The International Energy Agency (IEA) has warned that the world’s oil supply cushion to be “stretched to the limit” following extensive outages, supporting prices and the growing concern over demand growth.
Oil prices have been driven to their highest since 2014 in recent weeks following the drop in Iranian output due to renewed US sanctions, Venezuela’s reduced production, as well as outages in Canada and the North Sea.
OPEC and its allies eased a supply cut deal to ease the market after US President Donald Trump accused the group of pushing prices higher.
The IEA said that top producers could reach record output, but global spare capacity “might be stretched to the limit”.
Much of the world’s spare capacity, which refers to a producer’s ability to suddenly increase production in a short amount of time, is located in the Middle East where levels in July were at 1.6 million bpd – 2% of global output.
In its monthly Oil Markets Report, the IEA said: “This vulnerability currently underpins oil prices and seems likely to continue doing so. We see no sign of higher production from elsewhere that might ease fears of market tightness.”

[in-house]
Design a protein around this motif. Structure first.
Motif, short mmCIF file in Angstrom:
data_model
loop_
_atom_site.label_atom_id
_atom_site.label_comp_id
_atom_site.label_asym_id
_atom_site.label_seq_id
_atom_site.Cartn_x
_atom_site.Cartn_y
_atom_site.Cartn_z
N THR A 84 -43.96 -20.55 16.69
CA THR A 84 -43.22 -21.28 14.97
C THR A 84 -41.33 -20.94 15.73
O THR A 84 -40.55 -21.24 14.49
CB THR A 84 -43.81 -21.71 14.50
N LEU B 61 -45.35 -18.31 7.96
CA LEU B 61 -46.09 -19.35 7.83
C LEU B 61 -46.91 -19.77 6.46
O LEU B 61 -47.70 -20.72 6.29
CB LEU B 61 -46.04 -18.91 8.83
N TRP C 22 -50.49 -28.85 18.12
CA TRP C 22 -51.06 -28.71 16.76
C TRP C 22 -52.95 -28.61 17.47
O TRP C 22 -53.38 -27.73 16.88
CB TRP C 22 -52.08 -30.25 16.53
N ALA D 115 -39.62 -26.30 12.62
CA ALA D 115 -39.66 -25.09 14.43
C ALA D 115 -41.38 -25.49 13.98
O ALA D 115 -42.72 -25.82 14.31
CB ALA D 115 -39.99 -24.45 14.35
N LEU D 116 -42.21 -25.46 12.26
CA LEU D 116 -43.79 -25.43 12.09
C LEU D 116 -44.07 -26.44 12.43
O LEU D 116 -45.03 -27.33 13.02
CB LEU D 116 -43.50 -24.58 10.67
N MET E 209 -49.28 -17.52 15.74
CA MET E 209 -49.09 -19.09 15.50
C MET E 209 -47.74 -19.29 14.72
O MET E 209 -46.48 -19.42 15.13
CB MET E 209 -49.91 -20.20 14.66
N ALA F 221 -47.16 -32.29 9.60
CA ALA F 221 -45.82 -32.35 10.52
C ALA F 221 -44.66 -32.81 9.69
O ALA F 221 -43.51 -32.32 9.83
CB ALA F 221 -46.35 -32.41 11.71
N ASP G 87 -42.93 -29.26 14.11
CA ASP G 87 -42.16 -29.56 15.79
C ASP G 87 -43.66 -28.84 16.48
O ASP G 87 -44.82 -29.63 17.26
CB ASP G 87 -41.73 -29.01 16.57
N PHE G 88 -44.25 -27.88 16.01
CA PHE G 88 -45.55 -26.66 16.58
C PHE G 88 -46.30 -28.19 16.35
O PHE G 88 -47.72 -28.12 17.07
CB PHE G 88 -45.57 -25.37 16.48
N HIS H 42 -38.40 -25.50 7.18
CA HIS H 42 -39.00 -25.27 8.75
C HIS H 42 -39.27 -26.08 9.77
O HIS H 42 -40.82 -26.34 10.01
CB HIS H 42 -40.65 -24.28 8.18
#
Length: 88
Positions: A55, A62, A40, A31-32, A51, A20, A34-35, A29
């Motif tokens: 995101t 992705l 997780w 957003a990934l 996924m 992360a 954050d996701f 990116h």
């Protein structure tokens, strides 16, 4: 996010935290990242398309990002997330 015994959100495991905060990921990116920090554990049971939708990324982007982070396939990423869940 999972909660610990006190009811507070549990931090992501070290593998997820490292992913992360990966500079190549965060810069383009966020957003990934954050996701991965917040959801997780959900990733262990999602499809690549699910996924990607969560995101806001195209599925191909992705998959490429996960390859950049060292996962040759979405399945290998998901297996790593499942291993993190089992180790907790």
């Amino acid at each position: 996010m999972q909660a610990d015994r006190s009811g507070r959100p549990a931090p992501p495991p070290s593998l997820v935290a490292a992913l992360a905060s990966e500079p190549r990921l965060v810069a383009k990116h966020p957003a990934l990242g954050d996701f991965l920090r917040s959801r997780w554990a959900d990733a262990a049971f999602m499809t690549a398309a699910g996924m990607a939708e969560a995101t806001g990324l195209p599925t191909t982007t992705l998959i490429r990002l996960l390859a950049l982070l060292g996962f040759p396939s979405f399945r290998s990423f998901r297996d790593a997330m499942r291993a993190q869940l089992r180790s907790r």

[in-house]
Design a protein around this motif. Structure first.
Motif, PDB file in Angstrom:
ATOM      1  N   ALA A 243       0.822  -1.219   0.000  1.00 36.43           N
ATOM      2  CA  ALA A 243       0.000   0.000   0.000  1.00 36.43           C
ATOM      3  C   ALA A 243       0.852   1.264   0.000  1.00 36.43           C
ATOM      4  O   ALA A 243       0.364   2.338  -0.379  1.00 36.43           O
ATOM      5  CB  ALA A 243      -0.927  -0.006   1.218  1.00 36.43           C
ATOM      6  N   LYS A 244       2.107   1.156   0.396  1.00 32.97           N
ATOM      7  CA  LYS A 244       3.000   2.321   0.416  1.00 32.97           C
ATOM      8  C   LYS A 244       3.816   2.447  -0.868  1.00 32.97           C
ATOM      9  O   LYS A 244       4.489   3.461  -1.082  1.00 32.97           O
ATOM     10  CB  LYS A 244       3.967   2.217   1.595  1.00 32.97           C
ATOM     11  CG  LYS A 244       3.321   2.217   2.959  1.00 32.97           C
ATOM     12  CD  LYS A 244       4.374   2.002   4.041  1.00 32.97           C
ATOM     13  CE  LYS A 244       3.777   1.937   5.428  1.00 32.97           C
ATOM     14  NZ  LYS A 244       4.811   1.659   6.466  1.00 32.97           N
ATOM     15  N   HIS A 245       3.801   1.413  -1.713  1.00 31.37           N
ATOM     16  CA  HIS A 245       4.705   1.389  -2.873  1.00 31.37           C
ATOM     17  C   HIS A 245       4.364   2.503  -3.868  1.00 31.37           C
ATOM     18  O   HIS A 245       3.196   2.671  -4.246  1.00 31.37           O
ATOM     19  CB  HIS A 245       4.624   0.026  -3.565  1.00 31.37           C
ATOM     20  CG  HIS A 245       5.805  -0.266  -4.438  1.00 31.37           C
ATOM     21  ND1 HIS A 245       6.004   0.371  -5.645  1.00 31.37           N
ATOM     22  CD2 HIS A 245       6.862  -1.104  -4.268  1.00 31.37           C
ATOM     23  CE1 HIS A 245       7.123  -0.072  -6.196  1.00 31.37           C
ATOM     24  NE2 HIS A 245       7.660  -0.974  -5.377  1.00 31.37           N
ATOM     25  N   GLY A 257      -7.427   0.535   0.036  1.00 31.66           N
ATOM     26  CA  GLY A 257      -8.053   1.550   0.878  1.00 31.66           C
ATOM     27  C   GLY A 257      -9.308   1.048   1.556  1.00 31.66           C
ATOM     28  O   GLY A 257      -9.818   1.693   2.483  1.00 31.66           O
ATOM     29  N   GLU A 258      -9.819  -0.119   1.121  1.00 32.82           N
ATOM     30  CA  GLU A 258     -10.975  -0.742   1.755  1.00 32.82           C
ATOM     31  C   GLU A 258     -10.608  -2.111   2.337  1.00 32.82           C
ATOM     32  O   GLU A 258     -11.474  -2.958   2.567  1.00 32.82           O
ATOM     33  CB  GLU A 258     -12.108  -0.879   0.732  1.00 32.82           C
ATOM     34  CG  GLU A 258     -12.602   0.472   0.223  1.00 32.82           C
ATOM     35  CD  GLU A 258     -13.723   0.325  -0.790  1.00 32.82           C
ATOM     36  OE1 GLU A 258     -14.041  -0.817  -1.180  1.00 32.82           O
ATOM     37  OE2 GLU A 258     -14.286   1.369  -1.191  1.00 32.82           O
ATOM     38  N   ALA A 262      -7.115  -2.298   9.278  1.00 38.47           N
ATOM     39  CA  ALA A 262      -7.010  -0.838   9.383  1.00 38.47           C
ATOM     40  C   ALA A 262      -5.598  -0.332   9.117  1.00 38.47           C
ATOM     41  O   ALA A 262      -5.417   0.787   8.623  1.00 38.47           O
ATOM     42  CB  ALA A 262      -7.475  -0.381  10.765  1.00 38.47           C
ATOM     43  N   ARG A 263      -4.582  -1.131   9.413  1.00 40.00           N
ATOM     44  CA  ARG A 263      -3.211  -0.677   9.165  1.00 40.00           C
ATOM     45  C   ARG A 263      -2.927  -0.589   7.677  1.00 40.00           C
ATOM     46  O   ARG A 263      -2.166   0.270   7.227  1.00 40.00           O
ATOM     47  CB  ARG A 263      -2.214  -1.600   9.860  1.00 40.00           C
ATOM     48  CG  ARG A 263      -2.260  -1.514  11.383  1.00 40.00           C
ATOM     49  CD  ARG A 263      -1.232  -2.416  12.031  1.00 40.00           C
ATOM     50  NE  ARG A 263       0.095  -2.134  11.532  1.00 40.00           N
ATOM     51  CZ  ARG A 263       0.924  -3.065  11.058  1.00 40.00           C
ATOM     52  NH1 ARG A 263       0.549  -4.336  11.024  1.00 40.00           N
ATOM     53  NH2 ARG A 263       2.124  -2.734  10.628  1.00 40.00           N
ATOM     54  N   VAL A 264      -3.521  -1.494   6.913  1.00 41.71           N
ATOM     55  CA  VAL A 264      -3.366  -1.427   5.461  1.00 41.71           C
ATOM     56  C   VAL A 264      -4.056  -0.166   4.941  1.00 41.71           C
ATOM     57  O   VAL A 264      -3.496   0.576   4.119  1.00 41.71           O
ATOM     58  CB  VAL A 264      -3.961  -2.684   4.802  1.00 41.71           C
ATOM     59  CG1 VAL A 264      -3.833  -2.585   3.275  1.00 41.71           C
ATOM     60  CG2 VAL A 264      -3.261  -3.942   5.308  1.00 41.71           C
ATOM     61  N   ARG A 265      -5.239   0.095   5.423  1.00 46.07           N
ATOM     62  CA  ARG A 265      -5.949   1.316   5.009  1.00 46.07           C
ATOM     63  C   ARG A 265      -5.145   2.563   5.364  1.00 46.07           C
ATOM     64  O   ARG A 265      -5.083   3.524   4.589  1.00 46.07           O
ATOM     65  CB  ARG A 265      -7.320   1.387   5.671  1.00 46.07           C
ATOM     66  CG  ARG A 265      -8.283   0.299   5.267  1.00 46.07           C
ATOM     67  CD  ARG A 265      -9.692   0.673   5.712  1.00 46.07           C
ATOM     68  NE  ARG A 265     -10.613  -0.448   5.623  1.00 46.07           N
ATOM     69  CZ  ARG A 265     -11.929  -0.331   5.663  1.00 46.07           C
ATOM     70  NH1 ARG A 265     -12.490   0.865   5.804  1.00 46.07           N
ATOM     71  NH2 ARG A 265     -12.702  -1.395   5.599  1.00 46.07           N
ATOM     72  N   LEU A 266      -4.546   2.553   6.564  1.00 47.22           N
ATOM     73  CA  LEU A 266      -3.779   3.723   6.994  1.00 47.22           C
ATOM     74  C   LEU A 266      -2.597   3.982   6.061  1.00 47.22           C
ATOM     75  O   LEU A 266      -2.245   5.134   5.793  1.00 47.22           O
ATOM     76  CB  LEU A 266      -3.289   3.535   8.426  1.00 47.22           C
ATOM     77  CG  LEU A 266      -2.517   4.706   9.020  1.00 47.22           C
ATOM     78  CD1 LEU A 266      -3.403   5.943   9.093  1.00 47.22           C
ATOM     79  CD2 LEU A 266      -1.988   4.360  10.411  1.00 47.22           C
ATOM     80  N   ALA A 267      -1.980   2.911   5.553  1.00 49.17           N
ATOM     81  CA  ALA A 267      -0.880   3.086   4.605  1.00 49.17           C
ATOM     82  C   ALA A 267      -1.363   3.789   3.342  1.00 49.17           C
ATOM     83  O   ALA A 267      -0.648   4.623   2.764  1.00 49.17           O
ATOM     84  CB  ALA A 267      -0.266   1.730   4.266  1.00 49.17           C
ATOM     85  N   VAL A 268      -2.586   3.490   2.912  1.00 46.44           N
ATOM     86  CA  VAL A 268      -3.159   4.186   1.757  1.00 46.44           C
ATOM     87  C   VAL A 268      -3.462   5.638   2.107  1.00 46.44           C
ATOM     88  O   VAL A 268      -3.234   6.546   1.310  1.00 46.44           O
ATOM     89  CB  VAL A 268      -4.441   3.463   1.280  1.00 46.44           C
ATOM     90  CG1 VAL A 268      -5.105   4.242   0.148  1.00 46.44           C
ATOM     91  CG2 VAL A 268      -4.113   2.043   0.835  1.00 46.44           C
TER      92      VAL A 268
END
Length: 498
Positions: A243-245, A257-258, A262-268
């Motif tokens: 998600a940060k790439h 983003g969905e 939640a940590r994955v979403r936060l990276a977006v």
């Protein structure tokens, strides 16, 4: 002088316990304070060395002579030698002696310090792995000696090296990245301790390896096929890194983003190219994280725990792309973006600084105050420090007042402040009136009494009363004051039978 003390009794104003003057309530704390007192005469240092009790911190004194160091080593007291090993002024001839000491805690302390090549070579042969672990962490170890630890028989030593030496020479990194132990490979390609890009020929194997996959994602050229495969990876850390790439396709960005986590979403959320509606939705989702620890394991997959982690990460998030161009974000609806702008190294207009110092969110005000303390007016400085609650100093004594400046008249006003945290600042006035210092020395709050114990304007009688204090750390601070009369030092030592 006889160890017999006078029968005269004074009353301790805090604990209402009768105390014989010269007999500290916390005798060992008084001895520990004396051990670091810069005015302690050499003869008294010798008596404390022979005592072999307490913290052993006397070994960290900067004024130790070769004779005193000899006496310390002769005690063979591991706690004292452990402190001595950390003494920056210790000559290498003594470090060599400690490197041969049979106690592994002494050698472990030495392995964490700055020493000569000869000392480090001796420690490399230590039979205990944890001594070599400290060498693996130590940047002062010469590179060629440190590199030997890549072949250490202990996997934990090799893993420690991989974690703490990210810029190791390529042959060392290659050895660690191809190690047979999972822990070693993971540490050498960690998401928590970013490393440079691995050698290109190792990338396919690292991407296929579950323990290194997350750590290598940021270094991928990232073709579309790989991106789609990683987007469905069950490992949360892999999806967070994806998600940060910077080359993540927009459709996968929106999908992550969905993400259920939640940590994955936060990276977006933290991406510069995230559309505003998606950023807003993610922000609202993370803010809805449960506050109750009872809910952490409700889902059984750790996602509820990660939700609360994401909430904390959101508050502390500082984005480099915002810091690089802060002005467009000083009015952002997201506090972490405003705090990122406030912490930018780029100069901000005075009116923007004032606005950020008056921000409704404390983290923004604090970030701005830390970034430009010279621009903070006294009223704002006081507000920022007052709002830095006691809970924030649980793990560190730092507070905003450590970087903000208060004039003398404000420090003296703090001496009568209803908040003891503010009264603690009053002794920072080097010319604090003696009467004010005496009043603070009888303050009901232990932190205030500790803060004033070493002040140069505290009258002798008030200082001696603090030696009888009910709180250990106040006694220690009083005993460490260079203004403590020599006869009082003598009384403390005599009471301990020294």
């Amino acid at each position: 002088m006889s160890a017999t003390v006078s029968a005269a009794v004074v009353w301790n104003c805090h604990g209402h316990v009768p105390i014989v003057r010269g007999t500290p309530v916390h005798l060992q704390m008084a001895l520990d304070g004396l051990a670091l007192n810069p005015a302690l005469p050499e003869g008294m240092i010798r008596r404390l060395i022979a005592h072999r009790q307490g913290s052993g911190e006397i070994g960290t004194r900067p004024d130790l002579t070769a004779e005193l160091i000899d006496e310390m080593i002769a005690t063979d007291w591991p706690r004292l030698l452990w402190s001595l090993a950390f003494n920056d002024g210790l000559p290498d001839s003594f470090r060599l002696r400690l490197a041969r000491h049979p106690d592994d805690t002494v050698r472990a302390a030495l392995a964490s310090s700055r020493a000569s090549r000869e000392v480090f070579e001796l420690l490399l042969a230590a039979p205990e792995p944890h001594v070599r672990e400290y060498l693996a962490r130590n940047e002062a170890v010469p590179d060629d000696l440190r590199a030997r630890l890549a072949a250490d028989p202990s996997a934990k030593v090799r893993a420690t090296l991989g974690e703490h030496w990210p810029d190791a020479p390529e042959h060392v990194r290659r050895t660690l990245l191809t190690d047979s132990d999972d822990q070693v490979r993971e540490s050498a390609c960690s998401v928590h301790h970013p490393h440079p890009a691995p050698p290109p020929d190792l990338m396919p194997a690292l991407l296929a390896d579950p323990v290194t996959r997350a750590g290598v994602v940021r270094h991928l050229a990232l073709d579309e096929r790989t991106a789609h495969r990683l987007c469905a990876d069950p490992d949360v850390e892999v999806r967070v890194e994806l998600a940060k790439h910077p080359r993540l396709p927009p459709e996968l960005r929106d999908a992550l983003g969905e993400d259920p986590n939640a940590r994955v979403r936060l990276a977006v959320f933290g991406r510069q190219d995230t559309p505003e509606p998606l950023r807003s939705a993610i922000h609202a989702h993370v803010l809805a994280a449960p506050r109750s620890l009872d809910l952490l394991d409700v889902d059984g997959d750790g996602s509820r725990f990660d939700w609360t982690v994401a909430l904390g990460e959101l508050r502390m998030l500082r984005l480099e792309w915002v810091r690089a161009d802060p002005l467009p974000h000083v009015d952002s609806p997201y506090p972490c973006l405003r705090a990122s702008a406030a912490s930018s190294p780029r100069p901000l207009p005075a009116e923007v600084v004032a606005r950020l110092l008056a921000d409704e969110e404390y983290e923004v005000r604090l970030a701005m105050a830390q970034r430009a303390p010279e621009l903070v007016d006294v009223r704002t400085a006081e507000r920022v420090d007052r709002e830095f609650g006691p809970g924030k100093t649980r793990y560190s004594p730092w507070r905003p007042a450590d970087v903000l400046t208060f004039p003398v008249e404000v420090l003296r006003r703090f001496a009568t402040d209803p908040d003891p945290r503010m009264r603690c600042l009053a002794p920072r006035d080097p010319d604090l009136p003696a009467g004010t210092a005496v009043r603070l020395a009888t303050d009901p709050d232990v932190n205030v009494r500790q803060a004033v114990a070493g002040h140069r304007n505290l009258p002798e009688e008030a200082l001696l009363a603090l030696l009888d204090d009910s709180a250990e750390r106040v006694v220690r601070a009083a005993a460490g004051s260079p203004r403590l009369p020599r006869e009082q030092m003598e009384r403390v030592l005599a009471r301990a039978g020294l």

The Agency forecast 2018 demand growth at 1.4 million bpd but suggested that the recent surge in prices could dampen consumption.
“Higher prices are prolonging the fears of consumers everywhere that their economies will be damaged. In turn, this could have a marked impact on oil demand growth.”
The world’s largest consumer, India and China could face “major challenges” in finding new sources of crude as a result of reduced crude output from Iran and Venezuela.